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social sciences

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Hiller, Kurt (1885-1972)  
page: 1  2  

In 1965 Der Kreis had a five-page celebration of Hiller's 80th birthday; Karl "Rolf" Meier, the editor, called him a "fearless fighter for right and truth." Also in 1965 Hiller published the book Archangelos, a collection of poems written in the years from 1934 to 1947 and dedicated to his friend Walter Detlef Schultz (1910-1964). According to the reviewer in Der Kreis, "every line is a hymn to his beloved younger friend."

Hiller met Schultz in a concentration camp in 1934, where Schultz had been interned because of his involvement with the German Communist Party in their fight against the rise of the Nazis. They both fled to Prague that year and to London in 1938. Schultz returned to Germany in 1945. There he found a position with the North German Radio in Hannover and was its director from 1961 until his death in 1964; he was buried in Hamburg, his city of birth.

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Although Hiller was deeply in love with him, Schultz has been described as "sexually ambiguous." He was married twice, but, according to Hiller, he did not find the fulfillment he desired in either marriage.

In his last years Hiller wrote a two-volume biography, Leben gegen die Zeit (Life against the times). The first volume, Logos (1969), concentrates on intellectual and political issues, and includes descriptions of his experience in concentration camps. The second, Eros (1973), is and, as he directed, was published only after his death. He died in Hamburg on October 1, 1972. After his body was cremated, the urn with his ashes was placed in the grave of his friend Walter Detlef Schultz.

Hiller left a large literary estate, including some 20,000 letters. For thirty years his executor, Horst H. W. Müller, allowed no one to inspect it. But after Müller's death it was acquired by the Hiller-Gesellschaft, which was founded by a group of researchers in 1998 on the occasion of a Hiller Exhibition in the library of the University of Hamburg. Its purpose is to keep alive the memory of Kurt Hiller, to research his life and work, and to make them known to the public. Much information about Hiller may be found at their web site:

Hubert Kennedy

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social sciences >> Overview:  Berlin

Notable in the twentieth century both for its pioneering efforts in homosexual emancipation and for the subsequent Nazi persecution of homosexuals, Berlin is now a major participant in the struggle to gain legal recognition of gay relationships.

social sciences >> Overview:  Germany

While Germany, until recently, never officially accepted or welcomed members of the glbtq community, German culture and homosexuality have a long and significant history.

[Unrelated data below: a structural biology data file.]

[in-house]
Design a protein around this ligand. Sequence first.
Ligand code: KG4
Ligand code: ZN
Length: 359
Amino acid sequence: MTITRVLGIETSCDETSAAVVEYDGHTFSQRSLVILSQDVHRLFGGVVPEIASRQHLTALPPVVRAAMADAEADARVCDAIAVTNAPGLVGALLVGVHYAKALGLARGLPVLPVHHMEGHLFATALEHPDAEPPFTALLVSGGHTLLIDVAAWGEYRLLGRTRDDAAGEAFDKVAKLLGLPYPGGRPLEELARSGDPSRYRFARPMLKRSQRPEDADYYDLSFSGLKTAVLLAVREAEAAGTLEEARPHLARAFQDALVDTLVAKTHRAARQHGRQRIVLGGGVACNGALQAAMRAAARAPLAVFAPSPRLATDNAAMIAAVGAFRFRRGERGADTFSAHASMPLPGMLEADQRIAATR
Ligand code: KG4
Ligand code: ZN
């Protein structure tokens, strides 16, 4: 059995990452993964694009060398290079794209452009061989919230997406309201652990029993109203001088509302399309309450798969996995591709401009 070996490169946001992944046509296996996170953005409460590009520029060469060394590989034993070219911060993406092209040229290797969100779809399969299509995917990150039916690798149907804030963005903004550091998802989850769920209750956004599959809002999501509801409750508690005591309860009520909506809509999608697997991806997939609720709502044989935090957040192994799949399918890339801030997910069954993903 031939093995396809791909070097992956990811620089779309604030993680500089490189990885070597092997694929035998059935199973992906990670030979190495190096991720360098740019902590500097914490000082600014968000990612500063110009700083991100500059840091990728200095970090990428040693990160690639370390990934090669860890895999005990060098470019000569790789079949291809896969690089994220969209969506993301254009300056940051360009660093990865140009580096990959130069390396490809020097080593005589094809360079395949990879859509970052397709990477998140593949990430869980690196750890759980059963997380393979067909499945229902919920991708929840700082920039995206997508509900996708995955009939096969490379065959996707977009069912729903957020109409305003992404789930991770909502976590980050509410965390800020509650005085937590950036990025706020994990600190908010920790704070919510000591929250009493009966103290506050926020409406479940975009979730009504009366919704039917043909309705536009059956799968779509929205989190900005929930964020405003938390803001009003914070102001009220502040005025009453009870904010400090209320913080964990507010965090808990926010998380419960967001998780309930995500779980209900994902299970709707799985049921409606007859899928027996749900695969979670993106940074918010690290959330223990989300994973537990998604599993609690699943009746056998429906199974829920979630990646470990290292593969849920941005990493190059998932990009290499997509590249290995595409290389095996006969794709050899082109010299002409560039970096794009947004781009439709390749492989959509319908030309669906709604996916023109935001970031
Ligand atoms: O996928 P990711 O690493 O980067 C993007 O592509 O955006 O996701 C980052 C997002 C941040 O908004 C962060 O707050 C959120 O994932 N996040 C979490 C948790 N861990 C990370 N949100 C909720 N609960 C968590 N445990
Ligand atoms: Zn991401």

social sciences >> Overview:  Homophile Movement, U. S.

The homophile movement of the United States refers to organizations and political strategies employed by homosexuals from the end of World War II to 1970.

social sciences >> Overview:  Nazism and the Holocaust

As part of its agenda to preserve an "Aryan master race," Nazism persecuted homosexuals as "asocial parasites"; more than 100,000 men were arrested on homosexual charges during the Nazi years, with 5,000-15,000 gay men incarcerated in concentration camps.

social sciences >> Overview:  Prague

The capital and largest city of the Czech Republic, Prague is the hub of the country's gay and lesbian life and the center of its glbtq political movement.

social sciences >> Brand, Adolf

Editor, photographer, and activist, Adolf Brand was the leader of a faction of the early German homosexual emancipation movement whose cultural views were expressed in Der Eigene (The Self-Owner), the first homosexual literary and artistic journal.

social sciences >> Hirschfeld, Magnus

German-born Magnus Hirschfeld deserves recognition as a significant theorist of sexuality and the most prominent advocate of homosexual emancipation of his time.

social sciences >> Meier, Karl

Swiss actor, cabaret performer, and stage director Karl Meier was, under the pseudonym "Rolf," editor of Der Kreis, the leading European homophile publication, from 1943 until its demise in 1967.

social sciences >> Paragraph 175

Paragraph 175 was the German law prohibiting sex between men; strengthened by the Nazis, it was the statue under which homosexuals were sent to concentration camps.


Hergemöller, Bernd-Ulrich. Mann für Mann: Biographisches Lexikon zur Geschichte von Freundesliebe und mannmännliche Sexualität im deutschen Sprachraum. Hamburg: MännerschwarmSkript Verlag, 1998.

Hiller, Kurt. Leben gegen die Zeit. Vol. 1. Logos. Reinbek: Rowohlt Verlag, 1969; Vol. 2. Eros. Reinbek: Rowohlt Verlag, 1973.

Kennedy, Hubert. The Ideal Gay Man: The Story of Der Kreis. Binghamton, N. Y.: Haworth, 1999; also published as Journal of Homosexuality 38.1-2 (1999).

Steakley, James D. The Homosexual Emancipation Movement in Germany. New York: Arno Press, 1975.


    Citation Information
    Author: Kennedy, Hubert  
    Entry Title: Hiller, Kurt  
    General Editor: Claude J. Summers  
    Publication Name: glbtq: An Encyclopedia of Gay, Lesbian, Bisexual,
Transgender, and Queer Culture
    Publication Date: 2005  
    Date Last Updated August 18, 2005  
    Web Address  
    Publisher glbtq, Inc.
1130 West Adams
Chicago, IL   60607
    Today's Date  
    Encyclopedia Copyright: © 2002-2006, glbtq, Inc.  
    Entry Copyright © 2005, glbtq, inc.  


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